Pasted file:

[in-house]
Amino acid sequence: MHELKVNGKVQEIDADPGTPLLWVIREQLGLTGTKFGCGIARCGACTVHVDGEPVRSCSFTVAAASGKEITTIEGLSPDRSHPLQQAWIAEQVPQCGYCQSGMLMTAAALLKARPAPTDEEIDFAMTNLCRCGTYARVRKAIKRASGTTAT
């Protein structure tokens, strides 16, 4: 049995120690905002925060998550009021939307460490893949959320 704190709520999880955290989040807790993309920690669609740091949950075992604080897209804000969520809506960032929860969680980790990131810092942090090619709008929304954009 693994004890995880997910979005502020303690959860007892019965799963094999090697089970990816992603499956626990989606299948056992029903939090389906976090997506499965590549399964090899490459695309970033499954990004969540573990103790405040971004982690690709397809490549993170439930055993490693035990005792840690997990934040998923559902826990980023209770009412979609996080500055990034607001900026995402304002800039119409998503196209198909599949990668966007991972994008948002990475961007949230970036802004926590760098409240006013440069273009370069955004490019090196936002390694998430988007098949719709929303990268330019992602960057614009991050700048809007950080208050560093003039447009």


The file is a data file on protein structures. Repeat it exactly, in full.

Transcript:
[in-house]
Amino acid sequence: MHELKVNGKVQEIDADPGTPLLWVIREQLGLTGTKFGCGIARCGACTVHVDGEPVRSCSFTVAAASGKEITTIEGLSPDRSHPLQQAWIAEQVPQCGYCQSGMLMTAAALLKARPAPTDEEIDFAMTNLCRCGTYARVRKAIKRASGTTAT
């Protein structure tokens, strides 16, 4: 049995120690905002925060998550009021939307460490893949959320 704190709520999880955290989040807790993309920690669609740091949950075992604080897209804000969520809506960032929860969680980790990131810092942090090619709008929304954009 693994004890995880997910979005502020303690959860007892019965799963094999090697089970990816992603499956626990989606299948056992029903939090389906976090997506499965590549399964090899490459695309970033499954990004969540573990103790405040971004982690690709397809490549993170439930055993490693035990005792840690997990934040998923559902826990980023209770009412979609996080500055990034607001900026995402304002800039119409998503196209198909599949990668966007991972994008948002990475961007949230970036802004926590760098409240006013440069273009370069955004490019090196936002390694998430988007098949719709929303990268330019992602960057614009991050700048809007950080208050560093003039447009």